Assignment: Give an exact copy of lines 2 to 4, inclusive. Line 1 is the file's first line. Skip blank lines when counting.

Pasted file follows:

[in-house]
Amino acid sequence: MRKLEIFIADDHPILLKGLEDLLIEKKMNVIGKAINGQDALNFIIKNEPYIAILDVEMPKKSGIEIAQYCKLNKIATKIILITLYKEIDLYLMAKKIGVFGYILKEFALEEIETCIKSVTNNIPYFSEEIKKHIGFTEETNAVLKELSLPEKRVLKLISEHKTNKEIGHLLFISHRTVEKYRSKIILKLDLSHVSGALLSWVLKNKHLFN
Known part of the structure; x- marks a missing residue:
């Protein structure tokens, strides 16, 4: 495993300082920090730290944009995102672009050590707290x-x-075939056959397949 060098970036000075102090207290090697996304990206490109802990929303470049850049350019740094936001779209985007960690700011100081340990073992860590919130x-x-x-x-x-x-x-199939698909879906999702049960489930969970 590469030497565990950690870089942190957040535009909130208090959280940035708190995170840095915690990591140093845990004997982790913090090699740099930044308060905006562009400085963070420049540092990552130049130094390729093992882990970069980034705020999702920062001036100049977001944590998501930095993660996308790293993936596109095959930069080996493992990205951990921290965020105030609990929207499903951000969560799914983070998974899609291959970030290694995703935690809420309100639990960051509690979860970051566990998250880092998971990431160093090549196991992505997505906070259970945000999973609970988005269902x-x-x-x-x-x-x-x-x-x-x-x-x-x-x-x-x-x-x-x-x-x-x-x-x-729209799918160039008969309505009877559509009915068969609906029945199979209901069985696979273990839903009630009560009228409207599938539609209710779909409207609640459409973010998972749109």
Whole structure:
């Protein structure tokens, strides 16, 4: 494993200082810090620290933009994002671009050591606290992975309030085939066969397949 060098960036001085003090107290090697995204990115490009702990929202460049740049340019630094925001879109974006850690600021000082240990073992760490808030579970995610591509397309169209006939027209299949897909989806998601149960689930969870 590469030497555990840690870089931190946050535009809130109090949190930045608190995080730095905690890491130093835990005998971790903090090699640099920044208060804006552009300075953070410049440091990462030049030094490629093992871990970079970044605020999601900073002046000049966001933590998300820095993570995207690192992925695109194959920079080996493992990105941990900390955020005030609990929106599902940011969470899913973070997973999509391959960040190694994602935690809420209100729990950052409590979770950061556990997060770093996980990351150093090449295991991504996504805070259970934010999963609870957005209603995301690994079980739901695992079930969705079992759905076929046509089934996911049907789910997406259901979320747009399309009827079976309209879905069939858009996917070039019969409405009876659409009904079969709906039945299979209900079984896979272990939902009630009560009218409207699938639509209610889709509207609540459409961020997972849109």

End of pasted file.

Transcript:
Amino acid sequence: MRKLEIFIADDHPILLKGLEDLLIEKKMNVIGKAINGQDALNFIIKNEPYIAILDVEMPKKSGIEIAQYCKLNKIATKIILITLYKEIDLYLMAKKIGVFGYILKEFALEEIETCIKSVTNNIPYFSEEIKKHIGFTEETNAVLKELSLPEKRVLKLISEHKTNKEIGHLLFISHRTVEKYRSKIILKLDLSHVSGALLSWVLKNKHLFN
Known part of the structure; x- marks a missing residue:
């Protein structure tokens, strides 16, 4: 495993300082920090730290944009995102672009050590707290x-x-075939056959397949 060098970036000075102090207290090697996304990206490109802990929303470049850049350019740094936001779209985007960690700011100081340990073992860590919130x-x-x-x-x-x-x-199939698909879906999702049960489930969970 590469030497565990950690870089942190957040535009909130208090959280940035708190995170840095915690990591140093845990004997982790913090090699740099930044308060905006562009400085963070420049540092990552130049130094390729093992882990970069980034705020999702920062001036100049977001944590998501930095993660996308790293993936596109095959930069080996493992990205951990921290965020105030609990929207499903951000969560799914983070998974899609291959970030290694995703935690809420309100639990960051509690979860970051566990998250880092998971990431160093090549196991992505997505906070259970945000999973609970988005269902x-x-x-x-x-x-x-x-x-x-x-x-x-x-x-x-x-x-x-x-x-x-x-x-x-729209799918160039008969309505009877559509009915068969609906029945199979209901069985696979273990839903009630009560009228409207599938539609209710779909409207609640459409973010998972749109």